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The Practice of Letting Things Go

Uncategorized Jun 10, 2020

You know what drove me to a raging meltdown as a kid, more than anything else?

My perfectionist brain.

If my socks didn't sit right, even when they weren't uncomfortable.

If the picture on the wall was leaning a smidgen.

My perfectionist brain would very quickly and very easily fast track into OCD and I would begin to fixate on everything needing to be a certain way.

The perfect sounding squeak in my throat that hit the back of my neck and echoed throughout my ears a particular way.

Needing to touch on certain parts of my face would become not being able to get out of the house until I found the perfect outfit.

It had to feel right, look right, sit right, and it was NEVER going to be right because that's the point of perfectionism..

It's the brain seeking something that does not exist.

For a number of years now, I've had tools.

Unconscious tools to do my best to keep OCD away.

Unconscious tools to keep myself from spiralling into disordered eating again - another perfectionist HELL, extremely common to autistic people.

I step on the cracks, I don't count the poles as I drive past them, I let the mess be messy.

I get on camera with my hair everywhere; I show myself as me.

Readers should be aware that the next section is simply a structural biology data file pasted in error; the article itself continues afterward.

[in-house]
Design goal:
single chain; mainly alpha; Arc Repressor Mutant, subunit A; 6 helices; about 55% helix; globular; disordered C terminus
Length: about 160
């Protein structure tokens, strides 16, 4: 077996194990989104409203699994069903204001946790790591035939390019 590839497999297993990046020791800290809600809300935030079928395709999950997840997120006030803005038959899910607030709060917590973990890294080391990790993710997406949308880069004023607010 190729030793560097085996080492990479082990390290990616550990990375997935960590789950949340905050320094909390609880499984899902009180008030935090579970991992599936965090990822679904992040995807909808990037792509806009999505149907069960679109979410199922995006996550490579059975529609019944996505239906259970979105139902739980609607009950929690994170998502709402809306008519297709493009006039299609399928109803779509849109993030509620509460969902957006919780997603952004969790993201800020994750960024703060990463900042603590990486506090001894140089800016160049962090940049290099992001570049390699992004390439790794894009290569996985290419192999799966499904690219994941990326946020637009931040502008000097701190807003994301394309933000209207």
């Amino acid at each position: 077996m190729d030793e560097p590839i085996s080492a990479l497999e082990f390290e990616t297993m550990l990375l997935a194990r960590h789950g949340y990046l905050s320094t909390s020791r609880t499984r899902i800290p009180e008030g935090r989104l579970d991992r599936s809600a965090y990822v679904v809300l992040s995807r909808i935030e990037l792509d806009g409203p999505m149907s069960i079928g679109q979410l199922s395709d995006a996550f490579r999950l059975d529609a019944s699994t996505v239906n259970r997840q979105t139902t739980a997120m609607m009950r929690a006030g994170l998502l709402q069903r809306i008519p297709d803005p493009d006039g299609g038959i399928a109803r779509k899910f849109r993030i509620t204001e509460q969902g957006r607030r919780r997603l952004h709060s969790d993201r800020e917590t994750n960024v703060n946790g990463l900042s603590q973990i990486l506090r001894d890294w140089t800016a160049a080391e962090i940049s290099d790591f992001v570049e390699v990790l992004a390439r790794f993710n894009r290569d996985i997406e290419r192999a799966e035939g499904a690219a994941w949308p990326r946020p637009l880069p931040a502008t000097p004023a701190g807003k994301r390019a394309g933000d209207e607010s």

And I've not been thrust into perfectionism hell in a very long time.

However, the one area that has the capacity to take me back there is cleaning.

When my first daughter was born, I was just 18 years old.

My house was spotless. I scrubbed every cupboard, every surface, vacuumed and mopped, got on my hands and knees and tooth brushed grout between tiles.

My hands bled from bleach but my brain would not let me rest.

"You can rest when you've done this one last chore" my brain would tell me, but it was never the last chore.


And it was never just another chore.

It was an entire set of steps, like cleaning out and rearranging my closet at 1 am, because if I didn't, something bloody awful would happen.

What, exactly, I didn't know. But the impending doom was consuming.

Today, cleaning causes my brain to whisper these lies.

Everything must be perfect all the time.

Those thoughts cause me to resent my family for living in the same space as me, they cause me to not be able to relax.

I struggle to pick up a vacuum cleaner just the once in a day.

It then becomes twice, three times, four times and then it begins to riddle others things..

Like my work. My writing. My body. My hair.

Until it begins to spill out like poison onto the people I love.

And so, I have to practice letting things go.

If you visit my home, you'll see unmade beds.

Some mornings you'll see last night's dishes.

You'll see a washing pile almost permanently.

There are things I struggle with.

I don't want to see mess, I don't feel good with imperfection because it can impact my mental health.

I am in a constant battle with perfectionism; with being in control.

But the truth is, being a perfectionist is the opposite of being in control.

And so, I continue to practice letting things go.
Kristy Forbes
inTune Pathways


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